The study makes many important points about the value of government investment:

  1. The oil, gas, and coal industries still receive massive subsidies. Mature fossil fuel industries have historically received, and continue to garner, six times as many subsidies as the clean-energy industry globally. While subsidies might make sense for emerging sectors – that’s what subsidies have traditionally been used for – ongoing support for oil and gas industries no longer makes sense. Nor, according to groups like the International Energy Agency and World Bank, are they prudent from an economic, environmental, or energy security perspective.
  2. Venture capital is a risky, high-reward business critical to U.S. innovation. Venture backed companies, no matter what the industry, naturally come with a high-risk profile. For every VC-funded home run (think Google, Amazon, and Apple), VCs expect to back many other companies that don’t make it big or fail altogether. You can question whether government should be placing such bets, but there’s no denying that such risk is part of the American capitalist system, and something that’s historically been revered, not reviled, by business leaders and politicians alike.
  3. Nuclear power projects require considerably more in loan guarantees than renewables. Two new nuclear power plants at the Vogtle complex in Georgia recently received a conditional commitment for an $8.3 billion loan guarantee from the U.S. government. This loan amount is equivalent to more than 15 Solyndras, and the two plants alone equal nearly a quarter of all recent DOE loan guarantees. This one guarantee, based on its sheer size and the long history of nuclear power plant public opposition, delays, and closures, puts taxpayers at far greater risk than perhaps any other project.

The whole report is worth reading. It focuses on “five major trends for 2012”:

  1. The Few, The Proud, The Green: Military Leads Clean-Energy Deployment
  2. Japan Moves Toward Cleaner Post-Nuclear Future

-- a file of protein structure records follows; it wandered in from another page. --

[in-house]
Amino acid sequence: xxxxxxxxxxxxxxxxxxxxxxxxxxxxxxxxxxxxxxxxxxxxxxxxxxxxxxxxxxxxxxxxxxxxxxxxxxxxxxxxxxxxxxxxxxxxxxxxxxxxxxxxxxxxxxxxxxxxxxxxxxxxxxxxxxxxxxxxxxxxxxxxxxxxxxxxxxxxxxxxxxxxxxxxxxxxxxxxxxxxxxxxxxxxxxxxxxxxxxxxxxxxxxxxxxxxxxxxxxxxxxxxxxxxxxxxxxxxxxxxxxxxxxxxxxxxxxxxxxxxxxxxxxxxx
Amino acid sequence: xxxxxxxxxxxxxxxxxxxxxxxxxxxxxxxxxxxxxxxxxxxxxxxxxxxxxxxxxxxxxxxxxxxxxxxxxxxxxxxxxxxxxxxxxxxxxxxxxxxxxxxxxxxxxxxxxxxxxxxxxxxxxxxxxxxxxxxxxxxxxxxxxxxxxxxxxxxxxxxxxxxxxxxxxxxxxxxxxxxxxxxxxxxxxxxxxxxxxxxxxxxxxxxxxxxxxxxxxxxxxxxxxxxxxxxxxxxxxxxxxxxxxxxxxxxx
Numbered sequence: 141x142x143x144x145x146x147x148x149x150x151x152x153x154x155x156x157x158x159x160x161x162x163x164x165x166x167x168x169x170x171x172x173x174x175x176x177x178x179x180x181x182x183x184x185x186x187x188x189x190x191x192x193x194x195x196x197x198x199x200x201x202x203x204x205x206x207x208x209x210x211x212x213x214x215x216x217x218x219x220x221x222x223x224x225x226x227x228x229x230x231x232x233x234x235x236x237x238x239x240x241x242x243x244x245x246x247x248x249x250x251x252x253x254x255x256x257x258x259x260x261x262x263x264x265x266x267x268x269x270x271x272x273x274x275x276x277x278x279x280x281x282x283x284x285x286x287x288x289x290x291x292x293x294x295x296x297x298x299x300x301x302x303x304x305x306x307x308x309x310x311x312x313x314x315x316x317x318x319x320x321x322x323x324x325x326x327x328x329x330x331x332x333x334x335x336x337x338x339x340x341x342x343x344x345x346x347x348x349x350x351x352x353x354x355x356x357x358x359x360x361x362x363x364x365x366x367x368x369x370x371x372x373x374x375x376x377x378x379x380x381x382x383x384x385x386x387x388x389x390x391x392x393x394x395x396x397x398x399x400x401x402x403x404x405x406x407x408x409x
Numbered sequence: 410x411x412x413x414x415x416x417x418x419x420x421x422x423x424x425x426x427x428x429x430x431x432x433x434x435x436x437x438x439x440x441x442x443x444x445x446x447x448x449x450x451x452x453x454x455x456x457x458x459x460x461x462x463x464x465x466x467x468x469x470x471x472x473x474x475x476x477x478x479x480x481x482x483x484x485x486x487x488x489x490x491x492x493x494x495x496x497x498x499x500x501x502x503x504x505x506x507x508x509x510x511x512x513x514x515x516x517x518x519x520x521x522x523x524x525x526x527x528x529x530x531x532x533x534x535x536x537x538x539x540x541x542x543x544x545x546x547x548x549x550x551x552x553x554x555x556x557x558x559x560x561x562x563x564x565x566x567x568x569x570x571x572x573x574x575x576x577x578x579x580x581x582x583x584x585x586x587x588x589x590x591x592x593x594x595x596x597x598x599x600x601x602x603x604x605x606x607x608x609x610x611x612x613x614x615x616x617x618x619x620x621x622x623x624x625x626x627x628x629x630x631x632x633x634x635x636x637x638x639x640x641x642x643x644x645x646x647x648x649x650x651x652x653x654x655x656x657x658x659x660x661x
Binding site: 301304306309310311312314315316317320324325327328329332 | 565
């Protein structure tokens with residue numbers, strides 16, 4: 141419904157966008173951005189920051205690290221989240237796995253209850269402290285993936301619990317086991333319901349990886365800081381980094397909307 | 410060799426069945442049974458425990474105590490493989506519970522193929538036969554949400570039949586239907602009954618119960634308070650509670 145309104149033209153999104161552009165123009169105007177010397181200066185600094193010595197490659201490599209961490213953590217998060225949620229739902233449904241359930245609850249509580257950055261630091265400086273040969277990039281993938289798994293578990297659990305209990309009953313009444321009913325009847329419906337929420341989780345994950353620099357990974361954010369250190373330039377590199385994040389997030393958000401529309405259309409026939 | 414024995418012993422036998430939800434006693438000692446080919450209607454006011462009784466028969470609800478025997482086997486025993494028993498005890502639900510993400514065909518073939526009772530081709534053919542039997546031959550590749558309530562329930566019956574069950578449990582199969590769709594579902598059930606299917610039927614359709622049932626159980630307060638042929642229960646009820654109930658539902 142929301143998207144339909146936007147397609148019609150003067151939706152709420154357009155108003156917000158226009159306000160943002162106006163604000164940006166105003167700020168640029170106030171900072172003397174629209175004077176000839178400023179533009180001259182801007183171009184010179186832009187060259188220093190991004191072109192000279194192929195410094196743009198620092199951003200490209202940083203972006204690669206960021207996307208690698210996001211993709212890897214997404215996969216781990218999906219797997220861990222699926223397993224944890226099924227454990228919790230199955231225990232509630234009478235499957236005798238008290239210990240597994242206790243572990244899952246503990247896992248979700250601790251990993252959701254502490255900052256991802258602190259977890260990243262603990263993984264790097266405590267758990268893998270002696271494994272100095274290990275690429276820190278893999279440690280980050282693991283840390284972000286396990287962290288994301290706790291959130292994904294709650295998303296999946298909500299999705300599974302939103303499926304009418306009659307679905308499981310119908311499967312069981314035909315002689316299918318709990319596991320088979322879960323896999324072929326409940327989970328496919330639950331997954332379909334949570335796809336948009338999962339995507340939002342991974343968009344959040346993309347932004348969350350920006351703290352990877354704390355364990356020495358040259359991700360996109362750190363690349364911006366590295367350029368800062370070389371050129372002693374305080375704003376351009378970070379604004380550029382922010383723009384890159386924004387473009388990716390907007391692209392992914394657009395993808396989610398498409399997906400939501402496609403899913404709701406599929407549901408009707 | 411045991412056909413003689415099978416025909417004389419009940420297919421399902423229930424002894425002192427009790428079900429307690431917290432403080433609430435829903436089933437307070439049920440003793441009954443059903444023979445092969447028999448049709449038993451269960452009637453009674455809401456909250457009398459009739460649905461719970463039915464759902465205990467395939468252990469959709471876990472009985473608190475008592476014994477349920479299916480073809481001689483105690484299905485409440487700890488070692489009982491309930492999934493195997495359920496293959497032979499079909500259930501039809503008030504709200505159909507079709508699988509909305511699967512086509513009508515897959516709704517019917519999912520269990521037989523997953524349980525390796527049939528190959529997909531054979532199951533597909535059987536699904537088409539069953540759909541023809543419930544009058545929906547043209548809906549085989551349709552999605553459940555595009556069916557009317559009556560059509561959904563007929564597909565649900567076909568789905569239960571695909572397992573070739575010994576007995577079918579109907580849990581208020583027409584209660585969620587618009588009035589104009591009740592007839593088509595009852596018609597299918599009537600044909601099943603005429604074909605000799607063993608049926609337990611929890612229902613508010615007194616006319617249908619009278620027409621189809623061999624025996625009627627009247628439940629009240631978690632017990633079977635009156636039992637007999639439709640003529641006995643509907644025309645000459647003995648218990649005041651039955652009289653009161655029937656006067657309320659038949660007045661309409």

3. Deep Commercial Building Retrofits Reap Major Efficiency Savings
  4. Waste-to-Resource Breakthroughs Attract Attention – and Investment
  5. New Energy Storage Solutions Embolden the Grid

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7 Responses to Clean Energy Investments Hit Record Highs in 2011, U.S. Clean Tech VC Funding Jumps 30%

  1. Leif says:

    I helped and I love it! This last year my Solar PV and WA State production credit, will pay for all my electricity, stove and hot water gas, winter heat, and all my gas for my car! What did your “Wall Street” $25k do for you? On top of that, my investment helped to lower the cost of an equivalent system for you ~4% in one year. Employed local labor and WA materials. All my spending went to the local community first. Not a black hole tax free Swiss bank account. My community!

  2. CW says:

    Wow, that projected LCOE curve is definitely a hope-inspiring thing to look at! Thanks for this!

  3. Tom King says:

    Its not arriving fast enough to forestall a peak oil dip, but it will return things to an upward slope by 2025-2030.

  4. Anne van der Bom says:

    Investment in PV was larger than wind for the first time in history. Installed capacity not yet, but that will happen before 2015. Shortly after that, PV will be the dominant clean energy technology.

  5. Tom King says:

    Part of the energy storage for solar and wind might be in our electric cars. For example we might drive to to work, plug into the grid, and bring home enough extra power to do the laundry. Perhaps its time to start tracking total energy storage and total mobile energy storage.

  6. clays says:

    “The point is that increases in global and U.S. clean energy investment by the private sector — driven by government policy at the state and national level — drive private sector clean-tech VC investment.”

    That sentence makes no sense.

    Increases in private sector green investment drive private sector green investment?

  7. Dick Smith says:

    How do biofuels get into a clean energy chart? Doesn’t their energy cost during production make their emissions at about 80% of oil?